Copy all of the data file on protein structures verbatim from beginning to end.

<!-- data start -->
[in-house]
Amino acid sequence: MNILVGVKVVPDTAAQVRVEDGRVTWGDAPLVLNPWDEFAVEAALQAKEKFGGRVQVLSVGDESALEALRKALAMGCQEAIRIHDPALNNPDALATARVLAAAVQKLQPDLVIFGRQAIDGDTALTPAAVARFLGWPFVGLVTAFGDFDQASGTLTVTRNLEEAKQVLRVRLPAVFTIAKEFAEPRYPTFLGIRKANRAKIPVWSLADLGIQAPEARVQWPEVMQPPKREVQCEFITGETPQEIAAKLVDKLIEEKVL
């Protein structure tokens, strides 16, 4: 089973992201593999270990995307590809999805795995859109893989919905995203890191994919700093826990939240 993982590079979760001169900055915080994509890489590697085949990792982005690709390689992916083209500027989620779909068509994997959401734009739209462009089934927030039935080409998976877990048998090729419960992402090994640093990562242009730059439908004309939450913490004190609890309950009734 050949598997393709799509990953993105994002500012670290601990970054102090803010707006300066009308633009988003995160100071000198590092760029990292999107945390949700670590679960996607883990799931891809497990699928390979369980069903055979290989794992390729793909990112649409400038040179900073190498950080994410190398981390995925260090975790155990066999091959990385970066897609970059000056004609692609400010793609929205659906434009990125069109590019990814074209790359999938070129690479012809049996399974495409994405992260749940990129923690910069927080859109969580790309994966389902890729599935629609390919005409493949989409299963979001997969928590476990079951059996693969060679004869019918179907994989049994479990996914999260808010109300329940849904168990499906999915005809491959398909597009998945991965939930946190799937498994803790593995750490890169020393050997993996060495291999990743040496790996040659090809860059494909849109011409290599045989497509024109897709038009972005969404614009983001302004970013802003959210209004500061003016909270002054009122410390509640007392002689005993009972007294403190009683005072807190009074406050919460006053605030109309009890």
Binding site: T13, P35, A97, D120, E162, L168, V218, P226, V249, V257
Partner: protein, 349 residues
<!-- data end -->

[in-house]
Amino acid sequence: MNILVGVKVVPDTAAQVRVEDGRVTWGDAPLVLNPWDEFAVEAALQAKEKFGGRVQVLSVGDESALEALRKALAMGCQEAIRIHDPALNNPDALATARVLAAAVQKLQPDLVIFGRQAIDGDTALTPAAVARFLGWPFVGLVTAFGDFDQASGTLTVTRNLEEAKQVLRVRLPAVFTIAKEFAEPRYPTFLGIRKANRAKIPVWSLADLGIQAPEARVQWPEVMQPPKREVQCEFITGETPQEIAAKLVDKLIEEKVL
């Protein structure tokens, strides 16, 4: 089973992201593999270990995307590809999805795995859109893989919905995203890191994919700093826990939240 993982590079979760001169900055915080994509890489590697085949990792982005690709390689992916083209500027989620779909068509994997959401734009739209462009089934927030039935080409998976877990048998090729419960992402090994640093990562242009730059439908004309939450913490004190609890309950009734 050949598997393709799509990953993105994002500012670290601990970054102090803010707006300066009308633009988003995160100071000198590092760029990292999107945390949700670590679960996607883990799931891809497990699928390979369980069903055979290989794992390729793909990112649409400038040179900073190498950080994410190398981390995925260090975790155990066999091959990385970066897609970059000056004609692609400010793609929205659906434009990125069109590019990814074209790359999938070129690479012809049996399974495409994405992260749940990129923690910069927080859109969580790309994966389902890729599935629609390919005409493949989409299963979001997969928590476990079951059996693969060679004869019918179907994989049994479990996914999260808010109300329940849904168990499906999915005809491959398909597009998945991965939930946190799937498994803790593995750490890169020393050997993996060495291999990743040496790996040659090809860059494909849109011409290599045989497509024109897709038009972005969404614009983001302004970013802003959210209004500061003016909270002054009122410390509640007392002689005993009972007294403190009683005072807190009074406050919460006053605030109309009890």
Binding site: T13, P35, A97, D120, E162, L168, V218, P226, V249, V257
Partner: protein, 349 residues